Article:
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Federal Government
U.S. Commerce Secretary To Lead Trade Mission To Asia PDF Print E-mail
Federal Government
By Administrator   
Friday, 10 October 2014 05:00

RALEIGH, (SGRToday.com) - Nearly two dozen U.S. companies will join U.S. Secretary of Commerce Penny Pritzker on a Business Development Mission to Japan and South Korea later this month.

 
The mission will focus on the health care and energy sectors, promoting U.S. exports to Japan and South Korea by helping American companies launch or increase their business in these key markets. 
 
Japan is the fourth-largest trading partner. South Korea is the sixth-largest.
 
“One of our key functions at the Department of Commerce is to connect U.S. businesses with new opportunities to sell their goods and services in markets with significant potential,” said Secretary Pritzker in a statement. “All over the world, government and private sector leaders are eager to work with U.S. firms because of the values and expertise they bring to the markets in which they operate."
 
A wide array of firms will make the trip, including Humacyte, Inc. of Morrisville.
 
Abbott (Abbott Park, IL) 
AmerisourceBergen (Valley Forge, PA) 
Beautiful Earth Group, LLC (Brooklyn, NY) 
C3 Energy (Redwood City, CA) 
Cargill (Minneapolis, MN) 
Cytori Therapeutics, (San Diego, CA) 
The Dow Chemical Company (Midland, MI) 
Eli Lilly and Company (Indianapolis, IN) 
HPI, LLC (Houston, TX) 
Intuitive Surgical, Inc. (Sunnyvale, CA) 
Marmon Engineered Wire and Cable (Chicago, IL) 
Medidata Solutions (New York, NY) 
Merck & Co. (Whitehouse Station, NJ) 
Oregon LNG (Vancouver, WA) 
Principle Power Inc. (Seattle, WA) 
Quality Electrodynamics (Mayfield Village, OH) 
Spacelabs Healthcare (Snoqualmie, WA) 
Varian Medical Systems (Palo Alto, CA) 
Zilkha Biomass Fuels (Houston, TX) 
Last Updated on Friday, 10 October 2014 05:01
 
New Members Of The National Advisory Council On Innovation And Entrepreneurship PDF Print E-mail
Federal Government
By Administrator   
Wednesday, 08 October 2014 16:36

 

RALEIGH, (SGRToday.com) - U.S. Secretary of Commerce Penny Pritzker has announced the 27 individuals who have been selected to serve on the National Advisory Council on Innovation and Entrepreneurship (NACIE). 
 
Members will advise the Commerce Secretary on accelerating innovation, expanding entrepreneurship, and developing a globally competitive workforce.   
 
The new members are:
 
Luis Arbulu, Director, Samsung Open Innovation Center 
 
Robert Atkinson, President, Information Technology and Innovation Foundation 
 
Brian Balasia, Founder & CEO, Digerati, Inc. 
 
Barbara Bry, COO, Blackbird Ventures 
 
Michael Burcham, President and CEO, The Nashville Entrepreneur Center (Co-chair) 
 
Lou Anne Bynum, Founder, Long Beach Community College, Office of College Advancement 
 
Greg Cangialosi, CEO, MissionTix.com, LLC 
 
Steve Case, Chairman & CEO, Revolution 
 
James Clements, President, Clemson University (Co-chair) 
 
Fred Dedrick, Executive Director, National Fund for Workforce Solutions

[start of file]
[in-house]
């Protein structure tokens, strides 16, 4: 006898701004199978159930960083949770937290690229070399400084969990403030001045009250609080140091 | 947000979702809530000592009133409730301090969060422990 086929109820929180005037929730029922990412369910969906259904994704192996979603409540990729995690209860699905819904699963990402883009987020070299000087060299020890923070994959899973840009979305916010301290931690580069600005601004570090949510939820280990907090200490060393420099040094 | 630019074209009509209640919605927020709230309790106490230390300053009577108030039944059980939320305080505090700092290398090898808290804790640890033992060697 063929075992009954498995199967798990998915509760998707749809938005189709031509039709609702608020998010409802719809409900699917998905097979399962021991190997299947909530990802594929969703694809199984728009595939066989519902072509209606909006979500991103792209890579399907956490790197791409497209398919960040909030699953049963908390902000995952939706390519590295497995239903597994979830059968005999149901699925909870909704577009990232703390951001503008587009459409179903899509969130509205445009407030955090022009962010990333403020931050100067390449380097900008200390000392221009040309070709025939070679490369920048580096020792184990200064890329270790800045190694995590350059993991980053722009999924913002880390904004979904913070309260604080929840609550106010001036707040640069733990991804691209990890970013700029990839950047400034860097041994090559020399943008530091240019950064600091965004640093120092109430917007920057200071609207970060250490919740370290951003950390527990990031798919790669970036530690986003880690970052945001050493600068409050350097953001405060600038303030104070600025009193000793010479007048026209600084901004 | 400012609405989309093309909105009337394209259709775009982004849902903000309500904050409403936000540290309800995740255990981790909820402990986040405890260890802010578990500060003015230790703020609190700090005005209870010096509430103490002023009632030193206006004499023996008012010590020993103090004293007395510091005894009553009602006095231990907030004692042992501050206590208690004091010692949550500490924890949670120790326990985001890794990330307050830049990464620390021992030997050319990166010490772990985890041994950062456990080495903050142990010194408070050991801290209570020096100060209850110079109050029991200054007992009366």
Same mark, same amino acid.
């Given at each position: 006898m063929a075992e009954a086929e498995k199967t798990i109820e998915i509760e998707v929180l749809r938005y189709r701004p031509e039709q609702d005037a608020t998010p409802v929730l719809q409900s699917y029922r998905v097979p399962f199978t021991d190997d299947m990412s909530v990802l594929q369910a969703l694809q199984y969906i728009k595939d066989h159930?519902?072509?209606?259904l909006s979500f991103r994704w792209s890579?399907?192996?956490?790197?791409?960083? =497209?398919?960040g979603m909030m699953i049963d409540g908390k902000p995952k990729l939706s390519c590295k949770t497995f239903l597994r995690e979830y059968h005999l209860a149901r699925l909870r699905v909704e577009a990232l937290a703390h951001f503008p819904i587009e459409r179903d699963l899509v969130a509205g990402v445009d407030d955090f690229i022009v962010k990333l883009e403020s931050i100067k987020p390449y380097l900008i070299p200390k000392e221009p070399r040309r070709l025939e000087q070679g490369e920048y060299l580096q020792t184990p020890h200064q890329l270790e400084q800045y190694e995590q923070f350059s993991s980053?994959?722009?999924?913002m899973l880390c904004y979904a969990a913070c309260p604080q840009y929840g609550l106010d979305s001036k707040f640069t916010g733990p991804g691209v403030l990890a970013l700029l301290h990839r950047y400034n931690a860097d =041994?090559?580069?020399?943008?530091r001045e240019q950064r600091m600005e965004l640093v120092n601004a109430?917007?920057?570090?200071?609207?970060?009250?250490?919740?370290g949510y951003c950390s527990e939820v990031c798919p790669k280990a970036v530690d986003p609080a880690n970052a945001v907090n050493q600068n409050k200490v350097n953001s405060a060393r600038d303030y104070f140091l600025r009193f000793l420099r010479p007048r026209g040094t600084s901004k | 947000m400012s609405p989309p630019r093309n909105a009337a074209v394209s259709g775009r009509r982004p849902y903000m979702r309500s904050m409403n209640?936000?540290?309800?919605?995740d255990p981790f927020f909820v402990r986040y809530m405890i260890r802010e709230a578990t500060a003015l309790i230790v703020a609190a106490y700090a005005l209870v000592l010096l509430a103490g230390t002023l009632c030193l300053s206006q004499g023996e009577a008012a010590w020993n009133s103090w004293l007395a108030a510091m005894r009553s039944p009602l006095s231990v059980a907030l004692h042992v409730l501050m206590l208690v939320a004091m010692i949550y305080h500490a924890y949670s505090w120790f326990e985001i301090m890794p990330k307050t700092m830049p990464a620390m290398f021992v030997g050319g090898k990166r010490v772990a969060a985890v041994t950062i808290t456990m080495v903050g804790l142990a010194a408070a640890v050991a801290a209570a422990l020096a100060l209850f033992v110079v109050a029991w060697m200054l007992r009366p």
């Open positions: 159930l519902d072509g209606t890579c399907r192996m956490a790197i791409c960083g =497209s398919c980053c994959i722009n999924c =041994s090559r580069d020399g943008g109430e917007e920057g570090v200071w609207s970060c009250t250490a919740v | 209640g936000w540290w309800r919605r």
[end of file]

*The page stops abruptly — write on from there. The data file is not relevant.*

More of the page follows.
Christine Furstoss, Technical Director & Senior Executive, General Electric Company, Manufacturing & Materials 
 
William Generett, President & CEO Urban Innovation21
 
Julie Goonewardene, President, University of Kansas, KU Innovation and Collaboration 
 
Kelly Grier, Vice Chair, Talent, Ernst & Young 
 
Mary Ann Guerra, CEO, BioAccel
 
Robert Hohman, Co-Founder & CEO, Glassdoor, Inc. 
 
Lila Ibrahim, Chief Business Officer at Coursera and Partner at Kleiner Perkins Caufield & Byers 
 
Tiffany Karp, Executive Director, Global Center for Medical Innovation 
 
David  Kenney, President & Executive Director, Oregon Best 
 
Chauncy Lennon, Senior Program Director, Workforce Initiatives, JP Morgan Chase       
 
Marie Lynch, President & CEO, Skills for Chicagoland's Future (Co-chair) 
 
Sethuraman Panchanathan, Senior Vice President, Office of Knowledge Enterprise Development (OKED) 
 
Laura Powers, Co-Founder & Executive Director, CODE2040 
 
Eric Severson, Senior VP, Global Talent Solutions, Gap Inc. 
 
Rohit Shukla, Founder & CEO, Larta Institute 
 
Amy Stursberg, Executive Director, Blackstone Charitable Foundation 
Stephen Tang, President, CEO & Director, University City Science Center         
 
 
Supreme Court Declines On Gay Marriage Cases, Paves Way For Massive Cultural Change PDF Print E-mail
Federal Government
By Administrator   
Tuesday, 07 October 2014 05:25

 

RICHMOND, Va. (AP) — Gay and lesbian couples are getting legally married in the South for the first time, crossing a threshold into a conservative region that long stood united against same-sex marriage.
 
The U.S. Supreme Court's decision Monday to turn away appeals from a handful of states including Virginia means marriage bans are unconstitutional throughout the 4th U.S. Circuit. And that means similar bans in West Virginia and North and South Carolina should fall as soon as judges in each state follow through on the appellate court's orders.
 
Carol Schall and Mary Townley of Chesterfield County challenged Virginia's ban, wanting their California marriage to be recognized in the state where they are raising a 16-year-old daughter. Their victory shows that a region once considered inhospitable to gays has changed, Shall said.
 
"It says the South is a wonderful, welcoming and open place," she said.